Go back to fronty page View most popular entries View latest additions Submit tutorials to UnixTutorials.info
UnixTutorials logo

Unix clones tutorials
Unix+clones

Chkrootkit Portsentry Howto

Post date: April 15, 2005, 23:04 Category: Security Views: 2816 Comments
Tutorial quote: This document describes how to install chkrootkit and portsentry. It should work (maybe with slight changes concerning paths etc.) on all *nix operating systems.

Chkrootkit "is a tool to locally check for signs of a rootkit" (from http://www.chkrootkit.org).

"The Sentry tools provide host-level security services for the Unix platform. PortSentry, Logcheck/LogSentry, and HostSentry protect against portscans, automate log file auditing, and detect suspicious login activity on a continuous basis" (from http://sourceforge.net/projects/sentrytools/).

This howto is meant as a practical guide.
Unix+clones

Setting Up Samba 3.x

Post date: April 15, 2005, 23:04 Category: Network Views: 2710 Comments
Tutorial quote: Recently I got the opportunity to setup a new lab for a small school. The server runs Linux and the workstations run WindowsXP. There are 3 levels of access on the workstations (admin, teacher, and student) and security on the workstations is based on Windows policies applied at logon.
Unix+clones

The lost art of named pipes

Post date: April 15, 2005, 21:04 Category: System Views: 2817 Comments
Tutorial quote: A "named pipe" -- also known as a FIFO (First In, First Out) or just fifo -- is an inter-process communication mechanism that makes use of the filesystem to allow two processes to communicate with each other. In particular, it allows one of these to open one end of the pipe as a reader, and the other to open it as a writer. Let's take a look at the FIFO and how you can use it.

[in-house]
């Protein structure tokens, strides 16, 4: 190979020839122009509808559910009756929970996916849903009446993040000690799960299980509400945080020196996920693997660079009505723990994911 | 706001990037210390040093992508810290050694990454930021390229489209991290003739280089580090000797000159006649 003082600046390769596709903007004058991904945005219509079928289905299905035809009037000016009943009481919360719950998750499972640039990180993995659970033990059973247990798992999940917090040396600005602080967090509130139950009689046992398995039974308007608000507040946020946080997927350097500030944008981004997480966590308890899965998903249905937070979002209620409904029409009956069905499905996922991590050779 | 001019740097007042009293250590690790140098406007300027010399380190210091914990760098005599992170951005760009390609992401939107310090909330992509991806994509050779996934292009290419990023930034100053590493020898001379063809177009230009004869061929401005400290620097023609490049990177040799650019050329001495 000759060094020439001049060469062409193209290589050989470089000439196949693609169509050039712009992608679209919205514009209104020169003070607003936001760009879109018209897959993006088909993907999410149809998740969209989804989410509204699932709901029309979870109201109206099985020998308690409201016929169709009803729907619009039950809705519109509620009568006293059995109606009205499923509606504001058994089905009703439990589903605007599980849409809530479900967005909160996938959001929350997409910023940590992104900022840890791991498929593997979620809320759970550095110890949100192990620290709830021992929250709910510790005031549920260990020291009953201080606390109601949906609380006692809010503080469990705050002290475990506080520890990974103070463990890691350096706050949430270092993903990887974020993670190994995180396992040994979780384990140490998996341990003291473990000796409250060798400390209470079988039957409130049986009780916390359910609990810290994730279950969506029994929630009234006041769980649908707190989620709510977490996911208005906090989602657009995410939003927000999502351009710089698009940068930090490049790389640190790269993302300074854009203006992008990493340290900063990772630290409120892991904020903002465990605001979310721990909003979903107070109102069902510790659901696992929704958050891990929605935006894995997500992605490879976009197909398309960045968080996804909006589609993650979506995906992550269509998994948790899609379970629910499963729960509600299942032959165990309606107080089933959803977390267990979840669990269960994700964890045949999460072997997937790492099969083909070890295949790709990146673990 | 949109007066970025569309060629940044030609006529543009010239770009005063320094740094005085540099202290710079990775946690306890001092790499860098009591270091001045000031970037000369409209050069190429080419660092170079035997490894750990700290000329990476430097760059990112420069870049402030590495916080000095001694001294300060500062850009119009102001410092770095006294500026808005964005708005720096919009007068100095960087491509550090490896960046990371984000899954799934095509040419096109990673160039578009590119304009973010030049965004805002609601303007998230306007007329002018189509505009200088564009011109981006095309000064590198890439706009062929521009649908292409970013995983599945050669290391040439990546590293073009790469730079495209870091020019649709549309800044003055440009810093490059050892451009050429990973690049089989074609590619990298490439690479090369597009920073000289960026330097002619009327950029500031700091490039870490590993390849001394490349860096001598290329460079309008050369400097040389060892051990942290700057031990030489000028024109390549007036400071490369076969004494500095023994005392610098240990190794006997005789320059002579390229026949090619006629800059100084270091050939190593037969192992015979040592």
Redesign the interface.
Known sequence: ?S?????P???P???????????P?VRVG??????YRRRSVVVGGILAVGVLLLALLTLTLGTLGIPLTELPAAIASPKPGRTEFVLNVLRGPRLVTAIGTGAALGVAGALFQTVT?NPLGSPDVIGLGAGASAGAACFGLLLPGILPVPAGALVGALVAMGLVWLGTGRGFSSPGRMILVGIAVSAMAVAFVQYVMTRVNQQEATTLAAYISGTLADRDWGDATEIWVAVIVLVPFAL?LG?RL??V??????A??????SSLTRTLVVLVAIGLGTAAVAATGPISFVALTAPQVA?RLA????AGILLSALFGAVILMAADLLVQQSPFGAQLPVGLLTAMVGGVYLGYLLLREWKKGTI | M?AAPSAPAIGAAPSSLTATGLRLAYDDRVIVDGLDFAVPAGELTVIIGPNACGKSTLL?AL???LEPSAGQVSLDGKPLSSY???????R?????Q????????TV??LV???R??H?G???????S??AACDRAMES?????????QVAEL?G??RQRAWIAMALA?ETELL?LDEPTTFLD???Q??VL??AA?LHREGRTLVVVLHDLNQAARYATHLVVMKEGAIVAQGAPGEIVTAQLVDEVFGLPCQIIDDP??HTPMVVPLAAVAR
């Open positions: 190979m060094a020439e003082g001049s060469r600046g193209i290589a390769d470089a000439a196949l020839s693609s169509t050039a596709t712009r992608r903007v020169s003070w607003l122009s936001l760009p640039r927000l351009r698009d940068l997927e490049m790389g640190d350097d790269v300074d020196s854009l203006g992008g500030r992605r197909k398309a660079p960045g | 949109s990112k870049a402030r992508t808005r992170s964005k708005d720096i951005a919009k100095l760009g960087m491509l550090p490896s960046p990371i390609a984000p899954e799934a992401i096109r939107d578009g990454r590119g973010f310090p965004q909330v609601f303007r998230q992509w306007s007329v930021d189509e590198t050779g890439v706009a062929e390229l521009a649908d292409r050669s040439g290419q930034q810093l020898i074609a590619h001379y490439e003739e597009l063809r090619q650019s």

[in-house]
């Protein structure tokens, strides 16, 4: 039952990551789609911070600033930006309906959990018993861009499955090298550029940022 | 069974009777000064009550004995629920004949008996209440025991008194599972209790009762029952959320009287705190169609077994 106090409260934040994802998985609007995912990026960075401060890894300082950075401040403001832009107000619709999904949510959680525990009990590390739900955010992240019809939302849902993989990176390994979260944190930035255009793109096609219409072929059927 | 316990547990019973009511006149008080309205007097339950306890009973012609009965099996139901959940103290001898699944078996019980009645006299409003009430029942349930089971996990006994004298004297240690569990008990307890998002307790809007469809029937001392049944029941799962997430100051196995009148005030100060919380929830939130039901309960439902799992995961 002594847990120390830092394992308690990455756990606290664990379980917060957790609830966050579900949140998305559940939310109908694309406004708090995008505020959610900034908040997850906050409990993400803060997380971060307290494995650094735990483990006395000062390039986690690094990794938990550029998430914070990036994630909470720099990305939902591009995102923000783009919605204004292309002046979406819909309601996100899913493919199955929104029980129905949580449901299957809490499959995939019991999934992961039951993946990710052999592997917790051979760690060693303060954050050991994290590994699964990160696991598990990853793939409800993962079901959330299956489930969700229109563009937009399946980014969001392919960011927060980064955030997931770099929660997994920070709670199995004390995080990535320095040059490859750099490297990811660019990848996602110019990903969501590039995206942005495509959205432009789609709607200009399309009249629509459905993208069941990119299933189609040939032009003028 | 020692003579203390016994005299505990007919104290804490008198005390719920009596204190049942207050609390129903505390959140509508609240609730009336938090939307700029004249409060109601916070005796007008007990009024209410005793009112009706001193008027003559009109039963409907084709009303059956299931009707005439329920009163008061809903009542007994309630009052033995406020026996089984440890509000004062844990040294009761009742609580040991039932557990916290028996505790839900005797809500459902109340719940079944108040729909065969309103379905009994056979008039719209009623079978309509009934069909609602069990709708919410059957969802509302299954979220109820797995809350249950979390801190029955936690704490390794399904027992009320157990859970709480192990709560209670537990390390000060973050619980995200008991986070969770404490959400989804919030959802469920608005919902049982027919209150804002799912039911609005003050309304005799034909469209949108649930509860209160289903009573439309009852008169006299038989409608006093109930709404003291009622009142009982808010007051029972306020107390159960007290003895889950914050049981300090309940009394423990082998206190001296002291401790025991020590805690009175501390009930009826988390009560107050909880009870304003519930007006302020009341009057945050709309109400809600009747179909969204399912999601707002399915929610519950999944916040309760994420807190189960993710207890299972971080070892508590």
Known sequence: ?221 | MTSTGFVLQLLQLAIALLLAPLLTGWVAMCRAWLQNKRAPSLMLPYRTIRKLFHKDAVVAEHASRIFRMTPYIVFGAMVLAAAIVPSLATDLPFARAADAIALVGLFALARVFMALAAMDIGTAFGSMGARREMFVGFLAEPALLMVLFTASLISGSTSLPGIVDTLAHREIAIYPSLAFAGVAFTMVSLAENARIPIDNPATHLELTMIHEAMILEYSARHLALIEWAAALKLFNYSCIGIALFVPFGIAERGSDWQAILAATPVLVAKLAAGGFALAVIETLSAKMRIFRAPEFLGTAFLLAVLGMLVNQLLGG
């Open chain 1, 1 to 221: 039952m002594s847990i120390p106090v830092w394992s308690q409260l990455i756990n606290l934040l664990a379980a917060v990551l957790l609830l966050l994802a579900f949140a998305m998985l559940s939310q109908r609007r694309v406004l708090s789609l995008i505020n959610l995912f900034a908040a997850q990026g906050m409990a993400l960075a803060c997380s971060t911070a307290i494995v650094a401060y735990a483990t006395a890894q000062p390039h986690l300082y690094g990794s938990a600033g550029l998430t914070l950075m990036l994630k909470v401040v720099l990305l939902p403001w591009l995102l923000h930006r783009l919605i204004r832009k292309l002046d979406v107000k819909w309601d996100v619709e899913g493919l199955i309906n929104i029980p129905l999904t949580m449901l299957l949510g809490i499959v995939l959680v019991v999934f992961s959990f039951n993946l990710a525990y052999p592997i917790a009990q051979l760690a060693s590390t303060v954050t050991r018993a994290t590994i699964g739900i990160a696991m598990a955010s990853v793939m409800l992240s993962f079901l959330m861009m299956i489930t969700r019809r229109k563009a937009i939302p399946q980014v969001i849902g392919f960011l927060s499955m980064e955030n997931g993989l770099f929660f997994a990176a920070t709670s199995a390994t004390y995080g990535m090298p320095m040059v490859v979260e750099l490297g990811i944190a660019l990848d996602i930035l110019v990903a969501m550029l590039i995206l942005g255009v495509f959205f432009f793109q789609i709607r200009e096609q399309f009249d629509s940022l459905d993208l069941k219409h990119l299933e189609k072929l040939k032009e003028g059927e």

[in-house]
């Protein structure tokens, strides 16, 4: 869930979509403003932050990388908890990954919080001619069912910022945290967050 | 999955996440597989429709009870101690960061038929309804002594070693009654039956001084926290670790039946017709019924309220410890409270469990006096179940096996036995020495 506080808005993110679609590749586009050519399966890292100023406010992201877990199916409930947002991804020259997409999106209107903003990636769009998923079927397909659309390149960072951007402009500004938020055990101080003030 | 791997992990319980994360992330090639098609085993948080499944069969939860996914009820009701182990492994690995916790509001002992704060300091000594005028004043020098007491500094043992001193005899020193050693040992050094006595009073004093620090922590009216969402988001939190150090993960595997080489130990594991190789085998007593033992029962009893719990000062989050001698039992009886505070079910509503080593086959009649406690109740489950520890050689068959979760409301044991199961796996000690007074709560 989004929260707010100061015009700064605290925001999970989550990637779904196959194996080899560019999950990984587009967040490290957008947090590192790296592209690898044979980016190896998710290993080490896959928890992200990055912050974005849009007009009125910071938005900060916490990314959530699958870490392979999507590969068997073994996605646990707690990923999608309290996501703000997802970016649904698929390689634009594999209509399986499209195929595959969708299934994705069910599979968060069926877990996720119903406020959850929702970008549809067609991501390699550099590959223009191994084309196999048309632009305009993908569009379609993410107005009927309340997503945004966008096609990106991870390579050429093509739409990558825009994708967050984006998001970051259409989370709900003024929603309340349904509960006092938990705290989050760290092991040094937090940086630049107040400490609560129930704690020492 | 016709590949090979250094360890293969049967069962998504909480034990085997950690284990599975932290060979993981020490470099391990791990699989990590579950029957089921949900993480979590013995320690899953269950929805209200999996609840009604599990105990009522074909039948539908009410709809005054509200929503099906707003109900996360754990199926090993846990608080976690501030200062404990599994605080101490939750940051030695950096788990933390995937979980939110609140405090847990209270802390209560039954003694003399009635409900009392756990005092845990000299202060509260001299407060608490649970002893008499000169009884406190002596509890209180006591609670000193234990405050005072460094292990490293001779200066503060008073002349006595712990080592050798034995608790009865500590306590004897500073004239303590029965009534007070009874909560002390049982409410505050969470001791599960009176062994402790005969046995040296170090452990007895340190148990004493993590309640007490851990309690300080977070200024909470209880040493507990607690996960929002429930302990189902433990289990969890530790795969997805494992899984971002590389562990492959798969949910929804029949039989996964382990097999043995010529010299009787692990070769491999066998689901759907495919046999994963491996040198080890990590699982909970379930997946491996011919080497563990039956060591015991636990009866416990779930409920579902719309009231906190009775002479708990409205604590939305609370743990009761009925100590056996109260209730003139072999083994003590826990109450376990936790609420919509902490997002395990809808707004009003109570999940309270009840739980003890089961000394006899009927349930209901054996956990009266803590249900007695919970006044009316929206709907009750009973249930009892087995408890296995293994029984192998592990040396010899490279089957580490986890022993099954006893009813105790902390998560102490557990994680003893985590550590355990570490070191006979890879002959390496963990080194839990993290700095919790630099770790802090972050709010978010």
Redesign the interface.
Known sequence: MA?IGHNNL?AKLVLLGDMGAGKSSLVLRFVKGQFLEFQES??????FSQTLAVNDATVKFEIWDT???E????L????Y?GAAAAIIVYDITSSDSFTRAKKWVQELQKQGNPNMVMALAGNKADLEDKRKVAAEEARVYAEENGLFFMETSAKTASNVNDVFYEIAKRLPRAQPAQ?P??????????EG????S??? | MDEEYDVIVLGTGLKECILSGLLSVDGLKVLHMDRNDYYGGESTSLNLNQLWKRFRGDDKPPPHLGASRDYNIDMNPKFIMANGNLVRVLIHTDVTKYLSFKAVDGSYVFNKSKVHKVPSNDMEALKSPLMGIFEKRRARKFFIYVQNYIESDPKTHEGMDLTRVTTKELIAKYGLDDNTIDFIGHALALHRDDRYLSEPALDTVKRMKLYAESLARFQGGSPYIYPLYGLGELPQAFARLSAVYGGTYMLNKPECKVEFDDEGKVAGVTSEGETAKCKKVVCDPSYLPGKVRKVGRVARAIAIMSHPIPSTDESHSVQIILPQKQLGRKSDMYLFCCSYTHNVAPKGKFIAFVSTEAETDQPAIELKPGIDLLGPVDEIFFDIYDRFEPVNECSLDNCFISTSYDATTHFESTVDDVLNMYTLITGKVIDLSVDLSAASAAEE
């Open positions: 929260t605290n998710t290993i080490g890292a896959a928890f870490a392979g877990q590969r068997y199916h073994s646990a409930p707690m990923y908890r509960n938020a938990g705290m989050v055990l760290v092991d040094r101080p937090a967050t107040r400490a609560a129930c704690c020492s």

Unix+clones

Providing FTP Services with PureFTPd

Post date: April 15, 2005, 21:04 Category: Network Views: 2405 Comments
Tutorial quote: If you work around computers for any length of time you'll probably run into an FTP server. FTP stands for File Transfer Protocol and FTP servers are used to do just that, transfer files. FTP has been around for a long time, much longer than P2P programs, or the World Wide Web, in its day it was the primary method of sharing files with others on the Internet, and it remains very popular even today. This tutorial will cover the installation and setup of an FTP server using PureFTPd.
Unix+clones

How to Block Ads With Adzap

Post date: April 15, 2005, 21:04 Category: Network Views: 2797 Comments
Tutorial quote: For some time at my workplace we've been running an ad-zapping service on our web proxy. This page documents how it works, how to use it yourself, how to join the mailing list for updates of the pattern file, and the weirdnesses of our local setup (which you need not duplicate yourself).
Unix+clones

Using network transfer protocols

Post date: April 15, 2005, 18:04 Category: Network Views: 2177 Comments
Tutorial quote: Let's face it, most of us are in a rut when it comes to moving our files around. We learned how to use a simple FTP client years ago, and maybe even updated to a GUI FTP client when we were feeling particularly adventurous. There are actually a wealth of tools available for transferring files, and some of them perform automation functions that can easily assist your business in building site mirrors, synchronizing directory contents, and more.